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Luther’s Reformation: Yes, We Are Celebrating

May 3, 2017 No Comment

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by Robert Bugbee

Rev. Dr. Robert Bugbee

Rev. Dr. Robert Bugbee

Down the years people have remembered Luther’s Reformation in countless ways. In some places, Lutheran Christians emphasized the virtues of Luther and his co-workers in a way that almost made it seem like we are “better people” than folks on the other side of the dispute. As a seminary student decades ago, I visited Luther sites in communist East Germany where official government tour-guides stressed how Luther—the “little guy”—stood up to corrupt power-structures of his time. They made him sound like the original Marxist, if I can put it that way. Still others extol Luther’s decision to follow his own conscience rather than to comply with the demands of the authorities. In other words, he stressed the rights of the individual. Oddly enough, these voices often muffle the fact that Luther did not consider his conscience to be the ultimate authority, but stressed the importance of conscience “held captive to the Word of God”… a very different concept indeed!

As we move toward the 500th Anniversary of the Reformation in October, there are significant voices in the Lutheran world making quite a point of the idea that they are “commemorating” this Reformation anniversary, not “celebrating” it. They find it hard to celebrate an historical event which broke up the church, causing the rupture between Protestants and Catholics that is still part of the Christian landscape. This is certainly understandable in part: none of us can take pleasure over the divisions in Christendom. We understand these divisions sometimes make it more difficult for people to take Christ and His Gospel seriously. And we must not abuse this anniversary as if the Reformation proves that we who confess the Gospel, as Luther did, are somehow better than other people. Perish the thought!

Despite these understandable concerns, we do have reason to celebrate! Why do I say that? Here’s why: when all is said and done, the Reformation was not primarily about the “splitting up” of the Christian church. Yes, that was one of the sad consequences of the Reformation era, but those who study Luther know well that he did not set out to break up the church. The heart of the Reformation was that Jesus Christ, the Saviour of the world, was once again placed front and centre so that ordinary people could come to know and trust Him.

When all is said and done, the Reformation was not primarily about the “splitting up” of the Christian church. The heart of the Reformation was that Jesus Christ, the Saviour of the world, was once again placed front and centre so that ordinary people could come to know and trust Him.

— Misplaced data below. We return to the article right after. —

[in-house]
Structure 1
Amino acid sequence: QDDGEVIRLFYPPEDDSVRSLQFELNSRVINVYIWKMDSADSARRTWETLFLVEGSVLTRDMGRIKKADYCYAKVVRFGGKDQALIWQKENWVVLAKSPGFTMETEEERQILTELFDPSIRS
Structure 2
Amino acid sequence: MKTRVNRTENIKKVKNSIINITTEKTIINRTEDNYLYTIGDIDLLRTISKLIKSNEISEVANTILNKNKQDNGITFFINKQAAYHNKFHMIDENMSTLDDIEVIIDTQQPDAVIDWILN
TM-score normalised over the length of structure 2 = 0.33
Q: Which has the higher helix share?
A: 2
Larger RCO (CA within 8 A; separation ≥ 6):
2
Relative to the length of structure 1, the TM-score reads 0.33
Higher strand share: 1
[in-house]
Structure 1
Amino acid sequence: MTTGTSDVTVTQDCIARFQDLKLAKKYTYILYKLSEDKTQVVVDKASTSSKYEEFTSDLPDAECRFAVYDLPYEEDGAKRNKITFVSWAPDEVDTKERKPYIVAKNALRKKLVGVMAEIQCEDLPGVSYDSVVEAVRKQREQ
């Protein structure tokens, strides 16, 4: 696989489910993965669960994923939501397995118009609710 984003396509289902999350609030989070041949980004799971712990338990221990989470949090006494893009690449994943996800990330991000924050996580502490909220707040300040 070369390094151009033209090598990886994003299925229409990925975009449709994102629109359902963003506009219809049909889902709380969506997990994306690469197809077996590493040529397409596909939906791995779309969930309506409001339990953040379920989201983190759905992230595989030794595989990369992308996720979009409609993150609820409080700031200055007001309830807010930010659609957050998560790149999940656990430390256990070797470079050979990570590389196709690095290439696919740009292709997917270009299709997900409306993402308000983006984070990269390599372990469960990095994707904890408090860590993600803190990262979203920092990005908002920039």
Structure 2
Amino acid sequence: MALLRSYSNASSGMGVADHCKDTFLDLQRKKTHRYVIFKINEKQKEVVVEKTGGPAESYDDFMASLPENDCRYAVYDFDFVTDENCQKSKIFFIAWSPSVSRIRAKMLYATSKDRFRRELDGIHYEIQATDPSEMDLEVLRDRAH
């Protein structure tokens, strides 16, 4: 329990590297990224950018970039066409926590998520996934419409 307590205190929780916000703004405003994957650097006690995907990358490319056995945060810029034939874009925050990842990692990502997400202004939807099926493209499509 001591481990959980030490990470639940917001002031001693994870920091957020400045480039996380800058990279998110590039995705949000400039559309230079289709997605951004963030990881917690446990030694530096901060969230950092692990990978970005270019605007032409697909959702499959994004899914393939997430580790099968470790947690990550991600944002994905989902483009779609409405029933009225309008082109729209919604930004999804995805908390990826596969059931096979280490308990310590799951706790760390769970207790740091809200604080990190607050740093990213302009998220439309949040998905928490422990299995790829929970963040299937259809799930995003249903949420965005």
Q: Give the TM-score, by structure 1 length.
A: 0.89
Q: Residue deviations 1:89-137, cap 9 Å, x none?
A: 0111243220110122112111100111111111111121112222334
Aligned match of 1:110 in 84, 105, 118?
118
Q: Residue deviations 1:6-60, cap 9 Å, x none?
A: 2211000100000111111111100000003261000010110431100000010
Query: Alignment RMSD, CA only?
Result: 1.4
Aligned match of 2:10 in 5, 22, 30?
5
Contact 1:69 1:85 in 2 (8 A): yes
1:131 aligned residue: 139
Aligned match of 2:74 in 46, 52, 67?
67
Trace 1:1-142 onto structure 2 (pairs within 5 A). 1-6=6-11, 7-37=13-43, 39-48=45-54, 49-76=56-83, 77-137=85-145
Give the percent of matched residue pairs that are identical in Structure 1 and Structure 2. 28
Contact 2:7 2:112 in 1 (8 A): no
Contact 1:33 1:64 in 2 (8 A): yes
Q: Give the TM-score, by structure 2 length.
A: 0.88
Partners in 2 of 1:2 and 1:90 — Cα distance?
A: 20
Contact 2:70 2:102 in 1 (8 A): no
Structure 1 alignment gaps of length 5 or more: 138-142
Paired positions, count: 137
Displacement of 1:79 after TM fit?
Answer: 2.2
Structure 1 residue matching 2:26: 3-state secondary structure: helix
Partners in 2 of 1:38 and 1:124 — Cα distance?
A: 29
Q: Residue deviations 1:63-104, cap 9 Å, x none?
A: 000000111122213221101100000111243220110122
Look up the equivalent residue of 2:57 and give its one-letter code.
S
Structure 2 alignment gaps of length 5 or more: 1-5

The Good News of Christ, crucified in your place, raised to life to open the kingdom of heaven, and offering the free forgiveness of sins to people everywhere, had been marred and muffled for centuries. Luther’s Reformation sought to restore this Good News to the world. He did it through a Bible translated into the language of common people. He did it by encouraging preaching which placed God’s forgiving love in Christ at the centre of the services of the church. That was the real goal. Yes, this was resisted by the power structures of establishment Christianity at that time. And, yes, it did lead to a rupture, one which is still with us to this day.

When the Good News of Christ is brought to people, that’s always something to celebrate. The Christmas angel made that clear: “I bring you Good News of the great joy which will be for all the people. Today in David’s Town a Saviour has been born to you; He is Christ the Lord” (Luke 2:10-11). Years later the apostle Paul told his friends, “The important thing is that in every way… Christ is preached. And because of this I rejoice” (Philippians 1:18). He knew very well that those who preach Jesus have their weaknesses and are far from perfect. But when Christ the Saviour was proclaimed, it made him glad. He felt like celebrating!

The New Testament lifts the curtain, so to speak, and gives you a peek into the celebration that goes on before God in the life that never ends. The company of heaven sings to Jesus, “You are worthy to take the scroll and open its seals, because you were slain, and with your blood you purchased men for God from every tribe and language and people and nation…” And creatures everywhere in heaven and earth join in, “To Him who sits on the throne and to the Lamb be praise and honor and glory and power forever and ever!”  (Revelation 5:9, 13).

In a world that is so full of discord and pain, brokenness and disappointment, we have every good reason to celebrate the one great wonder that towers over all others; that God’s own dear Son, the Holiest of men, was willing to come into our world, to take our punishment, and to offer us His pardon out of undeserved love. At its heart, that’s what Luther’s Reformation was all about. And this Christ and His Good News are always a reason to celebrate!

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Rev. Dr. Robert Bugbee is President of Lutheran Church–Canada.